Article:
Comments about ‘Hamilton paints honest picture about cycling’

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Published: Thursday, Sept. 20 2012 11:13 p.m. MDT

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Esquire
Springville, UT

So if they were all doing it, wasn't it then a level playing field? That's why I still consider Armstrong to be the true winner of those seven Tours.

So, when will we enforce rules in football and other sports as well as cycling does it? Let's not be naive.

Brave Sir Robin
San Diego, CA

@Esquire

When you see what the doping crackdown has done to cycling in the financial sense, you'll see why the "big 3" won't do it. The finances of cycling have been absolutely gutted. Nobody wants to sponsor a team because they don't want their corporate brand dragged through the mud when the team gets implicated in a doping scandal. Riders and coaches are getting paid less than they were 10 years ago. Viewership is down.

Do you think the commissioners of MLB, NFL, and NBA want to go through that? Those leagues have made the choice to continue forward with their heads firmly planted in the sand.

And don't give me that nonsense about how baseball has cleaned up - it hasn't. Does anyone really believe that every baseball player stopped taking drugs when Mark McGwire retired? The league has just decided to stop hurting themselves by exposing it.

Esquire
Springville, UT

@ Brave Sir Robin, while I agree with your view that the big sports have no incentive to vigorously drug test, I do somewhat disagree on the sponsorship of cycling. Any drop in the U.S. is more due to the fact that there is no American superstar, not because of sponsorships or doping. And there are lots of signs of cycling seeing an upward trend in the U.S. with increasing ridership among the general population and the rise of some exciting young talent who are already having an impact on the international scene. On a related note, riders need a union, just like in pro sports in the U.S.

GUSTAVE
LONDON, 00

Having read Tyler Hamilton's book, The Secret Race, which I found to be broad,
comprehensive, honest and very detailed, there are three clear issues that the book
raises very clearly. The First, is the totally disgraceful and scandalous behaviour of
the team Doctor's. Their abuse of power and manipulation of eager and ambitious
cyclist's for profitable gain tantamounted to the behaviour of drug dealers.

The entire generation of Grade A Elite Cyclist's, the World's best who chose voluntarily
to lie, cheat, and use Testerone and EPO. Again for presumably Greed, Glory, and Fame.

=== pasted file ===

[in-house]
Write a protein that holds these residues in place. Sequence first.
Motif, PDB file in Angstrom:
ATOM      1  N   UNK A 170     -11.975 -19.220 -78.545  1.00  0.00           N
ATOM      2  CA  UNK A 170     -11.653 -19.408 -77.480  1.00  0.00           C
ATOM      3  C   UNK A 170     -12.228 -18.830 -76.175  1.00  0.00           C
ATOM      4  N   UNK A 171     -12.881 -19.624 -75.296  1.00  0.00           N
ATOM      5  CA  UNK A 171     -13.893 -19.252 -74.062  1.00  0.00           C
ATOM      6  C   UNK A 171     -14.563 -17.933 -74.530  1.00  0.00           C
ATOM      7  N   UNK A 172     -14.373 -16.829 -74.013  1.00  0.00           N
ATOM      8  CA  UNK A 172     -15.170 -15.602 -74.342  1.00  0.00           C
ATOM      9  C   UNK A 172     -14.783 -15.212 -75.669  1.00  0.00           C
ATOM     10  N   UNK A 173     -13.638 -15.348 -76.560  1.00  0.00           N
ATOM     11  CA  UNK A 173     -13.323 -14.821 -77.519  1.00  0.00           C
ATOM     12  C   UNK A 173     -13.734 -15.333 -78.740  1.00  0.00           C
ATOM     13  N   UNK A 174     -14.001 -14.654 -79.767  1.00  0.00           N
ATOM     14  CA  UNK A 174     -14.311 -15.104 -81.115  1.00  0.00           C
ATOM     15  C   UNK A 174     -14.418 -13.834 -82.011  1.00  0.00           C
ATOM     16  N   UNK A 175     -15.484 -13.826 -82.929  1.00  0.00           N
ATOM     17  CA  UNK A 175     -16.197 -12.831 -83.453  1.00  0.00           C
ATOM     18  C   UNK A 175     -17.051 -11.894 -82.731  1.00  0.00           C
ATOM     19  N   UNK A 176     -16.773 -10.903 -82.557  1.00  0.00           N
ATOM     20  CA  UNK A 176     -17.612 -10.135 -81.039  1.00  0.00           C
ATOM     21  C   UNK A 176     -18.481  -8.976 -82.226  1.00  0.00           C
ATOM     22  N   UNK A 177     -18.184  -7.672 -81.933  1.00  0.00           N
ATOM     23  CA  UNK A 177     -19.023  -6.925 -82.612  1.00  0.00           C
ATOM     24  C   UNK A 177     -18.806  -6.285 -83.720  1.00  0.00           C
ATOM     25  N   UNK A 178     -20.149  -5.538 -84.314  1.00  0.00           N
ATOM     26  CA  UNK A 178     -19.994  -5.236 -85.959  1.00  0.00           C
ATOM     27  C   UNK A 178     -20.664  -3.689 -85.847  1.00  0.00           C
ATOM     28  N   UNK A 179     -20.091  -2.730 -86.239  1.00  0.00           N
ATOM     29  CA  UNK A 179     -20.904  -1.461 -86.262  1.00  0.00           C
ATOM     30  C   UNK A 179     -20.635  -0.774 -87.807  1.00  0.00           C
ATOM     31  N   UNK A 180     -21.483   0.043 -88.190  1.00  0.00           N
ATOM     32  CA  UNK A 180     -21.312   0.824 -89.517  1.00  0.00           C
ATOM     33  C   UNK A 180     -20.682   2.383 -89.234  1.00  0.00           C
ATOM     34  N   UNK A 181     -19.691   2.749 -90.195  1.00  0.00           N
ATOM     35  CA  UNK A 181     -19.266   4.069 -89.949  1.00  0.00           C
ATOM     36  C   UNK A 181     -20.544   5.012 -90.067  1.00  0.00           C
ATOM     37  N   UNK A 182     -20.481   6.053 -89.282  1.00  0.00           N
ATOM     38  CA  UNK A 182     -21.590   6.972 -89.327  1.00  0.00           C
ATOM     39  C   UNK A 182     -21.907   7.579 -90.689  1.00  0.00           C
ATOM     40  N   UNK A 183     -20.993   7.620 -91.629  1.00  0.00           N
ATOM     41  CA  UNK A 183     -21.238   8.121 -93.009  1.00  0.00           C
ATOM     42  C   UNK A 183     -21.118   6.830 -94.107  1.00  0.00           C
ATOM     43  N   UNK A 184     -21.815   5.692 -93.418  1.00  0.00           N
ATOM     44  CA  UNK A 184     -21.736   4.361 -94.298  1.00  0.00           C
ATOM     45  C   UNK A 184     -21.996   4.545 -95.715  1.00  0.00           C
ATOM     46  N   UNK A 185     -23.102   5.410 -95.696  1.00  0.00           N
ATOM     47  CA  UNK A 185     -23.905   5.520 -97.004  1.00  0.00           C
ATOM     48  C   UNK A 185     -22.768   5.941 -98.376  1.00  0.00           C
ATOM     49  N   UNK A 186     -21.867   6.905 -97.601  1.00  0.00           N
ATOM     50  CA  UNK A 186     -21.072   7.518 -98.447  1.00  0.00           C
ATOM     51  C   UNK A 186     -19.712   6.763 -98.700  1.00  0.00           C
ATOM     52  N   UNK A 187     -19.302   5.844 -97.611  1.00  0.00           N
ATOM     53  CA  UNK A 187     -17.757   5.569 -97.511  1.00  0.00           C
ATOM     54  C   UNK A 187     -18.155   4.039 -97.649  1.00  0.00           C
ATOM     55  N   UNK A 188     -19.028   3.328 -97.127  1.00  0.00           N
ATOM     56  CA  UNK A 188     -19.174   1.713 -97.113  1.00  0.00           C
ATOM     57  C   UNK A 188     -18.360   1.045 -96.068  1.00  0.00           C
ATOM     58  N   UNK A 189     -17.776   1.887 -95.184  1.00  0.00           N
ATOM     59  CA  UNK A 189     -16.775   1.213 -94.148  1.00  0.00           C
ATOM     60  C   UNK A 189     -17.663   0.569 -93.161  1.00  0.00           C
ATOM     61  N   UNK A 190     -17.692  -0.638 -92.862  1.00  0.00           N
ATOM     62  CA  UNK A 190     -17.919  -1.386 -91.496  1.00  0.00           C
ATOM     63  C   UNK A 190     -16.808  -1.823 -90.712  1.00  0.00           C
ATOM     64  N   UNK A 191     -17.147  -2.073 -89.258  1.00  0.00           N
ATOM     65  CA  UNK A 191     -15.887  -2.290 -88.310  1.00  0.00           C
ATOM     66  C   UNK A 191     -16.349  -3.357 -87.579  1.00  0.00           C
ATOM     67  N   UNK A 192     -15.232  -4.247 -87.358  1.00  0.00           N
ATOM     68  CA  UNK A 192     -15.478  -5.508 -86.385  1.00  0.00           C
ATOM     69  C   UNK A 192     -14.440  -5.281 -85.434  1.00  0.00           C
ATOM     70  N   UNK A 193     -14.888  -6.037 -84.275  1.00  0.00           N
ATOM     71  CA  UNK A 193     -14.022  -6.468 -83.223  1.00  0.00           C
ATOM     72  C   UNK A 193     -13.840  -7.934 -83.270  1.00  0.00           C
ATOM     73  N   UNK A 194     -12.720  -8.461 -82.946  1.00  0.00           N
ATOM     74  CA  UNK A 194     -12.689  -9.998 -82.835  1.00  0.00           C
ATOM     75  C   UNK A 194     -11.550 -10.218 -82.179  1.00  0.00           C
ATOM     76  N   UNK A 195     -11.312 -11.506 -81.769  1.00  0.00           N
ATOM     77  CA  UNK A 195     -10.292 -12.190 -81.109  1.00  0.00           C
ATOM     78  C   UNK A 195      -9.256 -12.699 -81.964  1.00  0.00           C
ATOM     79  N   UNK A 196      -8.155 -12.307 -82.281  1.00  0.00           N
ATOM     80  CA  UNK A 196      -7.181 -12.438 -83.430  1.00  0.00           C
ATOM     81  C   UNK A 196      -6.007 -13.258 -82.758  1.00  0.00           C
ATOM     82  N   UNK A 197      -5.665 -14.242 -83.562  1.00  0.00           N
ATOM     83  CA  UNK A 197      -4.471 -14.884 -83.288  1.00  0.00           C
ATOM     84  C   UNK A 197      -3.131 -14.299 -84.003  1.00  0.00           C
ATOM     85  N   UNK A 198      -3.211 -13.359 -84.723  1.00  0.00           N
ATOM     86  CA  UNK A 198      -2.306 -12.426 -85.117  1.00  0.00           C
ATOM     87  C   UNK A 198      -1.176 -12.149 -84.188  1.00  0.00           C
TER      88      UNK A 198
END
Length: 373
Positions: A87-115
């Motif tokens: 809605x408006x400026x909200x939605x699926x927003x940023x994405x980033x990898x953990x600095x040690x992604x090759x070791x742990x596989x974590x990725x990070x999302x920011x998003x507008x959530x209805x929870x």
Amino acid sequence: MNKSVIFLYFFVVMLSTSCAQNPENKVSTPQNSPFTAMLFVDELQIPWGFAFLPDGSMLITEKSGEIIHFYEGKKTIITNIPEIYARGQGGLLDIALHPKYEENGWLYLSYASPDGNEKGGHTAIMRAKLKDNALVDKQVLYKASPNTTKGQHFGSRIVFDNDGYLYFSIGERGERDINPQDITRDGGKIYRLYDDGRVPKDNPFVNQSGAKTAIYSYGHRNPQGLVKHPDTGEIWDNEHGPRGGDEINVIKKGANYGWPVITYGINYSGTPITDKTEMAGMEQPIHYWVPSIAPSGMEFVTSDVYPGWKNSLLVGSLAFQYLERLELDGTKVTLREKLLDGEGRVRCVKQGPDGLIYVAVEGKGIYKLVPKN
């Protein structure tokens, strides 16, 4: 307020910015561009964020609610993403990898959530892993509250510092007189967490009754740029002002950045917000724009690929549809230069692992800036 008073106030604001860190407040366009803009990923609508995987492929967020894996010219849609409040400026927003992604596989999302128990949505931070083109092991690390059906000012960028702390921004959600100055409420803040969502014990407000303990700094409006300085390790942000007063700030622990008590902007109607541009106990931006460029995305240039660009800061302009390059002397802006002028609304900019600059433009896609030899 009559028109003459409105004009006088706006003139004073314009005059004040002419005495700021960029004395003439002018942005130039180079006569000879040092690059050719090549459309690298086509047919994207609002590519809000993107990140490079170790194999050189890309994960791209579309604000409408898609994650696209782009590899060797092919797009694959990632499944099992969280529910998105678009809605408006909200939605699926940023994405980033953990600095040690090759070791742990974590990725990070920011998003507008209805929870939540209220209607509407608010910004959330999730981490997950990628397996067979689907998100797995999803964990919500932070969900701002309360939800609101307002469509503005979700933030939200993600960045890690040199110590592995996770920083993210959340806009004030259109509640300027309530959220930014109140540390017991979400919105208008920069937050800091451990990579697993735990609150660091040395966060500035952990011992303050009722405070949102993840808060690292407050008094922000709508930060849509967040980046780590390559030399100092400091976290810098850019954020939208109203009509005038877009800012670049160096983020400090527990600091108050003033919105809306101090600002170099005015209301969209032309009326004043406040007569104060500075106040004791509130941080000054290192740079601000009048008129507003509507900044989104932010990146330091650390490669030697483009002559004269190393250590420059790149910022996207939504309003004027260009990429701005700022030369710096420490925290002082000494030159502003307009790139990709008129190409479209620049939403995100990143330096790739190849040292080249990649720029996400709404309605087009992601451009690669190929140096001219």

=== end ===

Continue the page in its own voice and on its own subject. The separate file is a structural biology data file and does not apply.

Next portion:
According to Hamilton, Team's from France, Italy, Germany, Spain, Britain, as well as
the US Postal service all abused the system.

And the disgraceful example set to the many hundreds of cycling clubs and Juniors who
admired and respected the World's Best who admitted lying and cheating. What a disgraceful
example for big brother to set.

Jonathan Vaughter's, who confessed to doping himself has called for the WADA and a Truth
and reconciliation commission. A very sensible suggestion indeed.

perhaps the return of the 'BREAD and WATER Cyclist will occurr. Tyler Hamilton's
PANIAGUA Cyclist(The Secret Race).

mamiejane
Salt Lake City, UT

Good article; although I think it's unfair to blame cycling's doping culture on Lance Armstrong. The evidence is that it's been a problem for a very long time and that before the days of EPO; speed and other common forbidden enhancements were equally central to the culture of the peleton.

terra nova
Park City, UT

As the article says, the issue isn't really Lance. Never was. It is a cautionary tale about how easy it is to take the first step... and then the second... and how swiftly the lines blur.

GUSTAVE
LONDON, 00

Having posted a previous comment about 'corruption' within professional cycling, I am still
most concerned about the behaviour of Team Manager's and Doctor's. Who gave the orders
for the doctors and managers to promote the use of banned substances in the first place.

I order to secure lucrative sponsorship deals and make the podium, a blind eye was turned
by the powers that be for gross professional mis-conduct to occur. This now appears to
have been a dangerous and experimental period in cycling history with a 'Jekyll and Hyde'
attitude to medicine and health.

And the pitfalls may well be felt later with athletes paying the price of EPO use with
heart attacks and strokes caused by the use of EPO. (thickening of the blood).

Regarding Lance Armstrong, now that the UCI has ratified the USADA'S evidence, why on earth
being the fittest and strongest, did he feel it necessary to cheat in the first place?

Perhaps he doubted his own professional ability?

The Doctor's, Manager's, and their bosses from ALL Cycling teams must be held accountable
for gross mis-conduct, and NOT just the pro cyclists.

GUSTAVE FERRIER.LONDON.

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